Return is the movement of the Tao.
Yielding is the way of the Tao.
All things are born of being.
Being is born of non-being.
(Tao Te Ching, chapter 40, translation by Stephen Mitchell)
Nestled in the center of the Tao Te Ching, we find these four lines, identified as chapter 40. Don’t let the size of this chapter fool you. These four lines are very important for explaining the way things are. Four words stand out as the focus for today’s chapter, “return” the movement of the Tao, “yielding” the way of the Tao, “being” as it relates to all things, and “non-being” as it relates to being. We will take these one at a time.
Return is the movement of the Tao. Lao Tzu has talked a lot about returning in the preceding chapters, so saying that returning is the movement of the Tao, isn’t exactly surprising. But because this is an otherwise brief chapter, it does afford us the opportunity to understand better, what Lao Tzu means by returning. So, I looked up the original Chinese for the word which Stephen Mitchell translates, return. I think it helps greatly to understand how returning is the movement of the Tao. The word that Lao Tzu uses signifies reversing. I thought that was interesting. Return as a retrograde motion or movement, helps to make sense of what Lao Tzu is saying. He has said it before, “It is better to retreat a yard than to advance an inch.” That is an excellent way to look at it. We are all about advancing. But sometimes it is better to go back. Sometimes, it is the only way to go forward. Thus, Lao Tzu talks about returning to our primal selves. Or, to be like a newborn child. When we get to a point where we can no longer go forward, we may be wondering, which way to turn? Shall I go to the left, or to the right? What we always seem to resist is the very notion that the Tao, which is always returning to the Source, would ever be leading us to go backwards. Yet, that is often exactly what the movement of the Tao is going to be. A going back, a retrograde movement.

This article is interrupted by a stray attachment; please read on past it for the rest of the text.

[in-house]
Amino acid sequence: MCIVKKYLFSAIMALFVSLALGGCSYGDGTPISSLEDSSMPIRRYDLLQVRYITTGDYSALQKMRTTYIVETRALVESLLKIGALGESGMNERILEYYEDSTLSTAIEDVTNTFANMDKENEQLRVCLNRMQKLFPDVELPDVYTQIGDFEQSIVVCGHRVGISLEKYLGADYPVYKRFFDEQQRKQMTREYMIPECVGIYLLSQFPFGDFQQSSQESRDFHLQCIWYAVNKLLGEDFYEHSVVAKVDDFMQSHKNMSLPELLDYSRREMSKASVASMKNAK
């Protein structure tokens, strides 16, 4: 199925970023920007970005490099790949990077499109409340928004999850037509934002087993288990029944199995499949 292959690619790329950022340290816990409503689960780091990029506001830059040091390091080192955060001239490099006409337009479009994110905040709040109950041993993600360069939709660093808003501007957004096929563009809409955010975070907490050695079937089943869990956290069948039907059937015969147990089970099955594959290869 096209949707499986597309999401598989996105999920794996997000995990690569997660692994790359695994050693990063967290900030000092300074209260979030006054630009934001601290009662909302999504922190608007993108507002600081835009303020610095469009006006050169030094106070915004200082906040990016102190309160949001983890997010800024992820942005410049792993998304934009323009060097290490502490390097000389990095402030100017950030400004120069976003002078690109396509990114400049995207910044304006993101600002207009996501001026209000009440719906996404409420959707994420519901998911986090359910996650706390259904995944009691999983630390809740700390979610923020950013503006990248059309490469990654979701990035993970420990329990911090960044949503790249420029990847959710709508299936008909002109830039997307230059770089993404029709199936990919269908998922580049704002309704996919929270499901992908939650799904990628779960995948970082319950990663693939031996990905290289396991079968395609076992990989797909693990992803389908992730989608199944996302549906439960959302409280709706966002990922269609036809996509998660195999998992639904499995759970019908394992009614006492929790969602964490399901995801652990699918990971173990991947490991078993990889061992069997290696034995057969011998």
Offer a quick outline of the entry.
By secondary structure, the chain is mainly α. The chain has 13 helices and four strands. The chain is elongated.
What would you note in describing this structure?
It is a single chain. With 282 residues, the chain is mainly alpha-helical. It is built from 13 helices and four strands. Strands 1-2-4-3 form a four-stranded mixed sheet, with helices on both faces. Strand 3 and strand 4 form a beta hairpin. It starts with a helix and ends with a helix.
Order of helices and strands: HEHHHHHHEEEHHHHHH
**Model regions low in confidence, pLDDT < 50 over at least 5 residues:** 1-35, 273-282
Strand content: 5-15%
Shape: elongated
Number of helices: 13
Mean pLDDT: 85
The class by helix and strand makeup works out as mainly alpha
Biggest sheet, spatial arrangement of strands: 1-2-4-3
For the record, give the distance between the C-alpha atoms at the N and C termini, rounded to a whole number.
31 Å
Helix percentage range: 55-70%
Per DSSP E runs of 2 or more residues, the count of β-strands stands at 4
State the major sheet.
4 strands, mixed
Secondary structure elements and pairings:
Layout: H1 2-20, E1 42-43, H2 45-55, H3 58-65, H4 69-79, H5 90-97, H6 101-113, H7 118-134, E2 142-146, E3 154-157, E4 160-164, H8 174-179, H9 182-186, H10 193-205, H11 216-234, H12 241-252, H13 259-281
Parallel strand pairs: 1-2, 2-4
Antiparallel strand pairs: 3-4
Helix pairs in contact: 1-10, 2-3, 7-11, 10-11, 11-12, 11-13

Yielding is the way of the Tao. I looked up the original Chinese for that word, yielding, as well; and I was more than a little surprised to find that it signifies weakness. But why was I surprised? Lao Tzu has had so much to say about the will to power, and none of it was good. We seem to think that the exercise of power, of strength, of the use of force, and sometimes even violence is the answer for just about any problem we face. But Lao Tzu has always turned the tables on those who think they know. It is through weakness that the Tao manifests its power. Yielding, weakness, is the way of the Tao. When we run up against an immovable object in our path, we don’t push forward, trying to force our way through, we go back. We yield. Submission is a good word to use here. We submit to the way things are. We accept our weakness. And use it, as our strength. Don’t try to be powerful. Be weak.
All things are born of being. The concepts of being and non-being are something that Lao Tzu introduced to us back in chapter two, when he was talking about yin and yang. He said then, they create each other, they support each other, they define each other, they depend on each other, and they follow each other. In chapter 11, he said, being is what we work with, but non-being is what we use. In this chapter he says, All things are born of being, and being is born of non-being. What he is talking about are two very distinct aspects of the Tao, the manifestations and the mystery. Both arise from the same Source. It is the Tao that gives birth to all things. Saying that all things are born of being is saying that all things are manifest through the Tao.
But how are those things manifest? Being is born of non-being. That is the mystery aspect of the Tao, the non-being that gives birth to being. Understanding that reversing is the movement of the Tao and weakness is the way of the Tao, we begin to realize the mystery of the Tao. It is the special complementary relationship of yin and yang. It goes backwards to go forwards. It shows its strength by being weak. Understanding and working with the complementary yin and yang is how we stay centered in the Tao. Yang is what we work with, but yin is what we use.